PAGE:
bitter political battles in
Washington D.C., it's immea-
surably refreshing to see the
Daily take the legal. moral
and ethical high ground on
the issue of choice.
NATASHA QURESHI
LSA JUNIOR
Lawsuits not
required to
get into 'U'
TO THE DAILY:
I am an engineering senior
at th University. I am having a
hard time understanding why
Jennifer Gratz and Patrick
Hamacher are suing the
University. I am a white male
from a smaller town in south-
western Michigan. I had a 3.6
and a 30 on the ACT. I was
waitlisted and ultimately
denied acceptance to the
University. Sure, I was very
disappointed. All I ever wanted
to do since I could remember
was go to U of M. I loved the
athletic programs while grow-
ing up. I also loved the high
level of academics at U of M.
My mother was very upset
when I didn't get accepted. But
instead of suing the University,
we just decided that I would go
to Western Michigan for three
cam ctarc, A tman trot,~

Bus system
leaves many
in the lurch
To THE DAILY:
I was somewhat amused
to read the Daily's front-page
article "Students Gripe About
Bus Delays" (10/8/97). From
a headline that started out
realistic, writer Mike Spahn
certainly sold out his view-
point to the Transportation
Dept. officials and drivers he
quoted in the piece. How
could such a headline end up
supporting the farce of a ser-
vice offered by the University
bus system?
Not only are students not
served properly by the Big
Blue Blunders, neither are
the faculty or staff. With the
parking congestion and the
ludicrous permitnprices
imposed by the University,
the big push by the powers
that be is to get everyone to
'Ride the Blue Buses!'
Perhaps the Transportation
Dept. officials and their
comatose drivers can make
statements as to their incredi-
bly pathetic service being
"pretty well need-based at all
times" because they don't
have to rely on this so-called
service to get to work, class,
or home!
Not only are the buses
hopelessly dirty, almost
always late (in the absence of
traffic as well), but they are
not even held to a continual
schedule to serve the com-
munity. On my route, there
are 20 times when there is no
bus scheduled on that loop.
That means that expectant
riders can stand, while miss-
ing their classes, exams, jobs
and families, and wait up to
30 minutes for a 10-minute
bus ride! Or 40, if the driver
is really lousy, and can't even
keep ahead of the next bus
following on his/her tail. I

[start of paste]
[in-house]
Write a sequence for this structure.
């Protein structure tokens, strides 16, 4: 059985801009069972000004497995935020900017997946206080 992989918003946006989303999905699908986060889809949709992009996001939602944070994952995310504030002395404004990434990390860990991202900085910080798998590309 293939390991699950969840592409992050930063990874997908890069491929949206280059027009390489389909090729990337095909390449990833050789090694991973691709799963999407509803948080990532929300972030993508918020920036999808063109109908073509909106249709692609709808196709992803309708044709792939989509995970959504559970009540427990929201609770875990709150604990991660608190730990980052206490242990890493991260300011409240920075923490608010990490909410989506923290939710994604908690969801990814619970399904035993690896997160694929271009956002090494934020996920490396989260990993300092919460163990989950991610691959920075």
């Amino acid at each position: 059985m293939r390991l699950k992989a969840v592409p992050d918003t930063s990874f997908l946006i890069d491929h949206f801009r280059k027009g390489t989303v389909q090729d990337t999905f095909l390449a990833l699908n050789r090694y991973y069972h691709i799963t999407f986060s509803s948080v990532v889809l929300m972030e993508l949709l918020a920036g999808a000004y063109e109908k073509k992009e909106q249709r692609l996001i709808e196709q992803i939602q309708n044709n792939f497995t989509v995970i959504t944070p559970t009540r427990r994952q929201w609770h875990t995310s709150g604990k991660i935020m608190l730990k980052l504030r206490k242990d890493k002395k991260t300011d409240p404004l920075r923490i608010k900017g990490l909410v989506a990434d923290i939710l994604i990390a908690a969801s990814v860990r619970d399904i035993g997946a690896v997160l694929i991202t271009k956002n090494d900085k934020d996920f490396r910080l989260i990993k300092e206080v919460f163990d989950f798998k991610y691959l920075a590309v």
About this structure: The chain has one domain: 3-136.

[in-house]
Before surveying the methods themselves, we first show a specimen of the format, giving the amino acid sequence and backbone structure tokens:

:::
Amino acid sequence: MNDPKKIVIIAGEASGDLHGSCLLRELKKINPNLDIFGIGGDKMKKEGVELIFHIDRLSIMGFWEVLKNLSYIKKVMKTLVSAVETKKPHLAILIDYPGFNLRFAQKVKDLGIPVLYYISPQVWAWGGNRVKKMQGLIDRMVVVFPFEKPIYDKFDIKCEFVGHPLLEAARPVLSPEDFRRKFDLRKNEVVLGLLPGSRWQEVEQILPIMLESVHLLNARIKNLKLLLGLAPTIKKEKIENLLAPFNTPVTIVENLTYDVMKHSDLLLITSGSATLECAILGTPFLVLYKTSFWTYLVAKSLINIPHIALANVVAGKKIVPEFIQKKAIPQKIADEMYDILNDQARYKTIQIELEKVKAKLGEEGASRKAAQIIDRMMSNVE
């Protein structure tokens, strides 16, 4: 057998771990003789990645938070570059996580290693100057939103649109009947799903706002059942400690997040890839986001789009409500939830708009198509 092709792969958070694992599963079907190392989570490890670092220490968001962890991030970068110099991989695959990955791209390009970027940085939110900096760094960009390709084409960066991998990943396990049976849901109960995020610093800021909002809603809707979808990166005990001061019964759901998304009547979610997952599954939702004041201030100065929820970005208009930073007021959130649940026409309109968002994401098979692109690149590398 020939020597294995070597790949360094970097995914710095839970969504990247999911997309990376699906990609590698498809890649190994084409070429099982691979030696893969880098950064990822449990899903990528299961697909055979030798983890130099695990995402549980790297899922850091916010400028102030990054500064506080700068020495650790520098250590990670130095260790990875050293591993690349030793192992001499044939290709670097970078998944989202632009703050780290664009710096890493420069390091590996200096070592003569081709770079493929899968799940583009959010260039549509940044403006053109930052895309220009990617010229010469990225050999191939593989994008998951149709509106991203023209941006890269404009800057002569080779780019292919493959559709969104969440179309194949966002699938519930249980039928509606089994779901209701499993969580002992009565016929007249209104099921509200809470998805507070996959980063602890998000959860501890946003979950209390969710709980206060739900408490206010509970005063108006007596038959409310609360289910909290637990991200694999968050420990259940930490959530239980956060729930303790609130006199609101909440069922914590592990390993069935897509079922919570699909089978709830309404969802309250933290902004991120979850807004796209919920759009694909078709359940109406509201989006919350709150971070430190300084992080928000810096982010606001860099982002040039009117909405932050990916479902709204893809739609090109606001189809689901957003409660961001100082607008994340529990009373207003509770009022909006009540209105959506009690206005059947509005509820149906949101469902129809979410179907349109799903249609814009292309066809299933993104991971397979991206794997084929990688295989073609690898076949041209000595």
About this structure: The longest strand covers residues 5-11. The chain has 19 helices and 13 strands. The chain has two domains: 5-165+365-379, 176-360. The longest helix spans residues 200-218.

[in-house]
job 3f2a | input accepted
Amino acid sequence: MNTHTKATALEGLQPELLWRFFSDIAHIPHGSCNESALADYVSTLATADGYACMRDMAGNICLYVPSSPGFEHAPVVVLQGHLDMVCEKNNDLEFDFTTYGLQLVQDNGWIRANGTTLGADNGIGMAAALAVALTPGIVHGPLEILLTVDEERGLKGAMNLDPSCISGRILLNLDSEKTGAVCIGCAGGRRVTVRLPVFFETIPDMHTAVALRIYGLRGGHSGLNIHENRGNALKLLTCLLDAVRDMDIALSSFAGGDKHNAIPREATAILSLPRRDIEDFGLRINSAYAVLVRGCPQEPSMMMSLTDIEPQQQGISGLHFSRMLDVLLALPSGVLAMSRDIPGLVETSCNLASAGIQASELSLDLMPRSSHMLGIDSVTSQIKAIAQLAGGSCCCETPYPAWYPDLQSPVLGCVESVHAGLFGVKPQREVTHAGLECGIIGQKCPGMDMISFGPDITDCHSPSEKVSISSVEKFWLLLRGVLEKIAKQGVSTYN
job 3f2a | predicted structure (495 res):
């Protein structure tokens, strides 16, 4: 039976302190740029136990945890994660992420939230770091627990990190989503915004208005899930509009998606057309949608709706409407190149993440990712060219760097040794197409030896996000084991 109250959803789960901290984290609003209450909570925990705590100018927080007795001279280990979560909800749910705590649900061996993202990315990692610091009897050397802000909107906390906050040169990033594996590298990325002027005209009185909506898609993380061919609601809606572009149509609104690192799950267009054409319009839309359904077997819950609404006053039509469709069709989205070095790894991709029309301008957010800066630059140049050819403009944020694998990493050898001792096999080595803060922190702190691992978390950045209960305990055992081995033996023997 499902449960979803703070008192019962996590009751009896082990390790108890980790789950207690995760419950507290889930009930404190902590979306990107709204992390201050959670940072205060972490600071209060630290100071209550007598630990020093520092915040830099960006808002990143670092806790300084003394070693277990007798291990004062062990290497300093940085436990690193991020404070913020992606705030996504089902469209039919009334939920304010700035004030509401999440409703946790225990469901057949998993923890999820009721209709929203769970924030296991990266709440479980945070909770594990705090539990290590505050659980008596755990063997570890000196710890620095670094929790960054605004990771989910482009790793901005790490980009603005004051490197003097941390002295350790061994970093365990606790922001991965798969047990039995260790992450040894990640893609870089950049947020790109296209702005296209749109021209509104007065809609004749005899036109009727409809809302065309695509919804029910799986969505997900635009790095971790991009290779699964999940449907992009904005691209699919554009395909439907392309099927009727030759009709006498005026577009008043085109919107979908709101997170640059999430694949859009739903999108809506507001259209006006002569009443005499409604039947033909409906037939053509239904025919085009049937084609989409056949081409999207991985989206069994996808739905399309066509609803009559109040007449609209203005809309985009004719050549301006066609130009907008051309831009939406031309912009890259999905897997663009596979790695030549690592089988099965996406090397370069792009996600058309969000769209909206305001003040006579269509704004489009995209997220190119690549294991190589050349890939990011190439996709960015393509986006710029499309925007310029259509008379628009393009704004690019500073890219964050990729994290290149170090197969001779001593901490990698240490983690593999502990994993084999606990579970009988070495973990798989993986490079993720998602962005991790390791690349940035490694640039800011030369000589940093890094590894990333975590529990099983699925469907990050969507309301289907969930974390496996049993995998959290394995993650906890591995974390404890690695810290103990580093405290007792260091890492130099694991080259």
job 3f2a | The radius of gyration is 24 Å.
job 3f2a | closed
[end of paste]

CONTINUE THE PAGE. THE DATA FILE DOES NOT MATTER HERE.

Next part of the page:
don't know of any other "ser-
vice" or business in the world
that discontinues service and
leaves customers deserted at
peak business hours. A con-
tinual service schedule must
be demanded of the bus ser-
vice.
In contrast, the AATA
buses run like clockwork, run
a continual schedule (darn
near always on time), and
provide riders with a true
service. The buses are clean
and safe, and drivers even
offer riders a smile and hello
to boot! None of these quali-
ties are available on the
University buses.
My repeated telephone
calls to the Transportation
Dept. have been met with lip
service. The dispatchers there
appear to be on another plan-
et with no knowledge of the
system or schedule and one
even said she has no control
over the buses. Apparently,
no one does. Why would the
u niversity snnd stat tx-

We're tired, sic
and stressed out
come on, '4
give us a break!
A weekend can seem like eternity.
More often, it can seem like what
it is - approximately 55 hours
including Friday night. And 55 wee
end hours usually go by as if they were
minutes.
What it never
seems like is a
real break - a
real chance to
relax, decom-
press and recov-
er after a long
week, which
gets more than
its I 3-hour
share of energy EGAN
and stress. After SCHIMPF
three or four PR~ESCRIP'TIONS,
midterms, it's
hard to get really excited about a nor-
mal-length weekend.
It's even harder to hit the books
again the morning after an exam, or
even Monday morning.
This is why the University needs t
schedule a fall break.
Imagine how relaxing four days -
103 hours, including the night before
- sound. You can just feel those mus-
cles in your neck, the ones you never
knew you had, losing a little of the ten-
sion of the past week.
It would be difficult to find a student
who would turn down a sanctioned
vacation. Some faculty members
would also heartily agree.
But even more important than th
any-old-vacation concept is the idea
that the rest of the term would be much
easier to tackle given a short breather
in the middle. Time to get away to
recharge. Time to sleep. Time to
explore Ann Arbor and beyond. Time{
to pursue hobbies and whatever the
heart and mind desire.
Thanksgiving is too late in the term,